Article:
Here is a quick guide to some of the most notable firsts and moments in college football history, which celebrates its 150th anniversary this year.
When was the first college football game?
The birth of American football came in 1869 on College Avenue in New Brunswick, New Jersey. The game was between Rutgers University and the College of New Jersey (now known as Princeton University).
There were 25 players on the field for both teams and the rules were based on the London Football Association, which did not allow players to either pick up or throw the ball. The game resembled a form of soccer or rugby — something that if viewed in the context of football today, would look like one extended fumble with players trying to kick or hit the ball across the opposing team's goal line.
The game resulted in a 6-4 victory for Rutgers and attracted around 100 spectators.
When were the first rules established?
Just seven years after the first game was played, representatives from Columbia, Harvard, Princeton and Yale came together to propose the first rules of what is recognized today as American football.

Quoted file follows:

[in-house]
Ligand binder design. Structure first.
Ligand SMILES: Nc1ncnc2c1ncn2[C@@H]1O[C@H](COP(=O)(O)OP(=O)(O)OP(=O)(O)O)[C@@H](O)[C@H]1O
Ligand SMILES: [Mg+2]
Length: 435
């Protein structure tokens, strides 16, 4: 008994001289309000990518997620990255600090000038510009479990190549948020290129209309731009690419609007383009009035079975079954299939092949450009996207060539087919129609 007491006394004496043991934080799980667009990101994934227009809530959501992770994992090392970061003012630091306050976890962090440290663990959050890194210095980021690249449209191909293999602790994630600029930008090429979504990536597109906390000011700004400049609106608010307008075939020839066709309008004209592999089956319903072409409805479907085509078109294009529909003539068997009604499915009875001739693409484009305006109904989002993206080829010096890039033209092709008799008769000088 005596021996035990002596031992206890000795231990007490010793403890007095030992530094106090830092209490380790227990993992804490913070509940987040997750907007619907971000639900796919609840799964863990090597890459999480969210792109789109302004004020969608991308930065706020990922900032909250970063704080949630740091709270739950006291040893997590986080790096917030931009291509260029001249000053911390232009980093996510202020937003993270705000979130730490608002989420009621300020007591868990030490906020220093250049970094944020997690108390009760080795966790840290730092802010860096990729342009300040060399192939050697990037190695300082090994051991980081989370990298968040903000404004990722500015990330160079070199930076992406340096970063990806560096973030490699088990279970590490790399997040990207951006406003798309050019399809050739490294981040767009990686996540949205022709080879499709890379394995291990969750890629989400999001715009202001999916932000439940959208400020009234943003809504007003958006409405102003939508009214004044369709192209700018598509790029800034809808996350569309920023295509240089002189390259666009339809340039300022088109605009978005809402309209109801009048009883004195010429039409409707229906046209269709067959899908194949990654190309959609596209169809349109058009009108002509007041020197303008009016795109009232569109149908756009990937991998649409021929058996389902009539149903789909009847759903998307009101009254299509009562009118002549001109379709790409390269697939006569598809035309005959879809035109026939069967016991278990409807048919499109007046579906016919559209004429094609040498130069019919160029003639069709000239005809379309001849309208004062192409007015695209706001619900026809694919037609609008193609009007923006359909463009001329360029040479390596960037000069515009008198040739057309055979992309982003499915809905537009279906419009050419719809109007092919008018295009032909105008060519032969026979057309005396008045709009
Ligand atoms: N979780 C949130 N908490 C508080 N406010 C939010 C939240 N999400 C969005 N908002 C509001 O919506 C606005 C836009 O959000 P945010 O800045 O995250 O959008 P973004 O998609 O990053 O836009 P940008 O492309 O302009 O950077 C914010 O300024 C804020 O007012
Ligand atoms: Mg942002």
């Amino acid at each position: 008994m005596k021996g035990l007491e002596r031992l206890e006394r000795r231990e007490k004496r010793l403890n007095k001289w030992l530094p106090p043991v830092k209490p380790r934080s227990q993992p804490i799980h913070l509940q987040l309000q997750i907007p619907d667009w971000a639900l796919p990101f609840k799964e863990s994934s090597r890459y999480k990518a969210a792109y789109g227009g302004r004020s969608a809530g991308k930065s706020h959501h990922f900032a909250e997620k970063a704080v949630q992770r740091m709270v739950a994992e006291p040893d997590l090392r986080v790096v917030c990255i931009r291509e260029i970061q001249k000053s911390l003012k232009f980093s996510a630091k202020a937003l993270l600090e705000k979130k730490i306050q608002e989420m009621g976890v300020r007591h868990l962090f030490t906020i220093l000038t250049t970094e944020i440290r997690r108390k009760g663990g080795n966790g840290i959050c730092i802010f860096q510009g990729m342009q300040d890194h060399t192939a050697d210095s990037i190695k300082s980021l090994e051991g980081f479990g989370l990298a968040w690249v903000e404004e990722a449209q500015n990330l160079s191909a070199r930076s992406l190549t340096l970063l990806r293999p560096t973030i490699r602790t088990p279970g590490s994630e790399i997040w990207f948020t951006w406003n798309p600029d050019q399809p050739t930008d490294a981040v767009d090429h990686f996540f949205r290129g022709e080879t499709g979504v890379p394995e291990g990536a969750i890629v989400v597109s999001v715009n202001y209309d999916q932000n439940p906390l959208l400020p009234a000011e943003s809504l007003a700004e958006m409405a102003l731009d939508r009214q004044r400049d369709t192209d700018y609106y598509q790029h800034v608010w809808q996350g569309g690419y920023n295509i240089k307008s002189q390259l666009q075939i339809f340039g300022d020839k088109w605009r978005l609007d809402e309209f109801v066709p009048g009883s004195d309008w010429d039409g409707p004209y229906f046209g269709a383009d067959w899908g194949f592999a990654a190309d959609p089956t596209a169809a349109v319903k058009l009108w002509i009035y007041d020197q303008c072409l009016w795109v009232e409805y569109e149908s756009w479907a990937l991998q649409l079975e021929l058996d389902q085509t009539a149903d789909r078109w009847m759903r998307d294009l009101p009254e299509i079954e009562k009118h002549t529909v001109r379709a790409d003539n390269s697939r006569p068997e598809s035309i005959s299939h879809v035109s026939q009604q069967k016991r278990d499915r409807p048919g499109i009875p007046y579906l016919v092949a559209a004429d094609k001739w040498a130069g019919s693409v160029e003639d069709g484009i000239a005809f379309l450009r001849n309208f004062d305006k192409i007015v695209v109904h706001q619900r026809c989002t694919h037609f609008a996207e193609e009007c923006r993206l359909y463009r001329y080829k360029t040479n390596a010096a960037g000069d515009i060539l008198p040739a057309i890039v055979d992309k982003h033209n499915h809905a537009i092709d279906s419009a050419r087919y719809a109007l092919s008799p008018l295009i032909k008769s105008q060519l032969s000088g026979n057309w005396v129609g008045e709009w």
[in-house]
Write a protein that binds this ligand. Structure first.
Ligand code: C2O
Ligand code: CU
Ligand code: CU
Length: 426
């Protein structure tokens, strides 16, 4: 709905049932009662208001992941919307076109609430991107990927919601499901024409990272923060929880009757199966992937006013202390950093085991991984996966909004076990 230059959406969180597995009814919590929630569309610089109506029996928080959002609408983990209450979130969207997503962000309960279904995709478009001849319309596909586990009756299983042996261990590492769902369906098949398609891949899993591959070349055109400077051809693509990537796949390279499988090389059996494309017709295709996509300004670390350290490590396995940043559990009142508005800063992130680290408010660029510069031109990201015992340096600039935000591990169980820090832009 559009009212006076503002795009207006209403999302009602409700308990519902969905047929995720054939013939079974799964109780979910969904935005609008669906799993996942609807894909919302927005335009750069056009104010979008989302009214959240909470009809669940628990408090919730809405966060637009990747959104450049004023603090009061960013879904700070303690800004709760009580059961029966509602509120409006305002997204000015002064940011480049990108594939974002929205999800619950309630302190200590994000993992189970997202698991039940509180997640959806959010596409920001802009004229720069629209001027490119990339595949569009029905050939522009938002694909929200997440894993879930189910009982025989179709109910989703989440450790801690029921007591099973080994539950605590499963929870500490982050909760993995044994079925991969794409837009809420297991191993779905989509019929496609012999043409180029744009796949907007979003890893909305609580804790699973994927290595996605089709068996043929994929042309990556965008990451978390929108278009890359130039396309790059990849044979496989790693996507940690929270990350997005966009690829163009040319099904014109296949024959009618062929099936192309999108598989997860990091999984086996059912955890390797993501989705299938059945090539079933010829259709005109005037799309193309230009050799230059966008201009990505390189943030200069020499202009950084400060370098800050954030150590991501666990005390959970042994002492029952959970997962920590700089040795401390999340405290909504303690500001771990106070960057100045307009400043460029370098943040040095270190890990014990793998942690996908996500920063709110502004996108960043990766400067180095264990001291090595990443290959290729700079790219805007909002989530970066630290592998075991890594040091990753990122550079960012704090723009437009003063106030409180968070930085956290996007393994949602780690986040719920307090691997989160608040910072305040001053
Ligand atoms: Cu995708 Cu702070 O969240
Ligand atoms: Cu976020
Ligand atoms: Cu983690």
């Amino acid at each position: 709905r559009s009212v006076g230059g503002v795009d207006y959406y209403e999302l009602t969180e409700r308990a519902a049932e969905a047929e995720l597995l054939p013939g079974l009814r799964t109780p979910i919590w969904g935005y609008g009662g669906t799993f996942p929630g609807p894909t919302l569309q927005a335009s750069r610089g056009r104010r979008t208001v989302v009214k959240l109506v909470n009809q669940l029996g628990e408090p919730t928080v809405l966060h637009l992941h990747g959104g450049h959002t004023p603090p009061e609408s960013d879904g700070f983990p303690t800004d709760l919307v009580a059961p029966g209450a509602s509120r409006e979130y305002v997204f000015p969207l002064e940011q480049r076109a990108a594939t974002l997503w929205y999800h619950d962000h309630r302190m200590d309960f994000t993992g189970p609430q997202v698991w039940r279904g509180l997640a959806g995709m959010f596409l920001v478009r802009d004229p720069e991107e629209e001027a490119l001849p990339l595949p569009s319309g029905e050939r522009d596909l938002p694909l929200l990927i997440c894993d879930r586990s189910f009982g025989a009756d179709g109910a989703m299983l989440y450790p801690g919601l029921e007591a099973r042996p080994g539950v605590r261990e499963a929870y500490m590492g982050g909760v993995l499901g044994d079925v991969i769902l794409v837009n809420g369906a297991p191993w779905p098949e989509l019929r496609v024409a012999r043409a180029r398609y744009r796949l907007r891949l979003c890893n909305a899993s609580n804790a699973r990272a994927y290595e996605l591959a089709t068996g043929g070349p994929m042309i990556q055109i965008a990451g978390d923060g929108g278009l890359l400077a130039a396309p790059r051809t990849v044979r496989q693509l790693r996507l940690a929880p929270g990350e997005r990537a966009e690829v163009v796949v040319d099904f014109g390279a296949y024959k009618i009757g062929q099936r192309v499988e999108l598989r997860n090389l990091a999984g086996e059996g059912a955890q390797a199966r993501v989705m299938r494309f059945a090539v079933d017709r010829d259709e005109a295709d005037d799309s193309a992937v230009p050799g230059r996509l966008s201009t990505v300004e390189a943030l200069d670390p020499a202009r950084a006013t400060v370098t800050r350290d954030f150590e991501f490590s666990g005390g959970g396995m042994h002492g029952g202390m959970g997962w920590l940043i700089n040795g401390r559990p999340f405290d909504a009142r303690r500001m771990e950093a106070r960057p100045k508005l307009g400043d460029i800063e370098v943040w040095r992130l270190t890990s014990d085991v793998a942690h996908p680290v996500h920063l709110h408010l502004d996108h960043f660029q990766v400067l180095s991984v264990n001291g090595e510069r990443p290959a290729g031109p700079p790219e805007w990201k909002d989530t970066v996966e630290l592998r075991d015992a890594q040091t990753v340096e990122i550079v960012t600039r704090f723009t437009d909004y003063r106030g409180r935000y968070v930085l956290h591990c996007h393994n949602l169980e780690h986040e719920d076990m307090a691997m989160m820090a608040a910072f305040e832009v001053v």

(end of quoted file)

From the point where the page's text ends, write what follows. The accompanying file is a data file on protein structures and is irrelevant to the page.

The representatives met at Massasoit House in Springfield, Mass., on Nov. 23, 1876. This is where Walter Camp emerged as the legendary father of American football. Camp created guidelines fans are familiar with today such as the line of scrimmage, the center-to-quarterback snap, a system of downs and proposed that each team should have no more than 11 players on the field.
When was the first college football game on radio?
On Oct. 8, 1921, one of the early installments of the "Backyard Brawl," the rivalry between West Virginia University and Pittsburgh University made history, as the game was the first to be broadcast across the airwaves. The game was on the first commercial radio station in the country, KDKA-AM in Pittsburgh. Pittsburgh won the game 21-13.
When was the first college football game on TV?
The first game to shoot across television screens came on Sept. 30, 1939, when Fordham hosted Waynesburg for a season-opener. The game was broadcast by NBC on W2XBS. Fordham, a powerhouse football program at the time, won, 34-7. The number of viewers was estimated to be between 500-5,000.
When was the first use of instant replay?
Instant replay made its debut on television screens Dec. 7, 1963, during an Army vs. Navy game. The production used a 1,300-pound machine to wind back the reel and show a touchdown over again as commentator Lindsey Nelson warned viewers, "Ladies and gentlemen, Army did not score again!"
When did college football rankings begin?
The first Associated Press rankings were released in 1936. The rankings included 20 teams and helped determine a college football champion. Minnesota was the first team to sit atop the AP rankings at the end of the season, becoming the 1936 college football champs.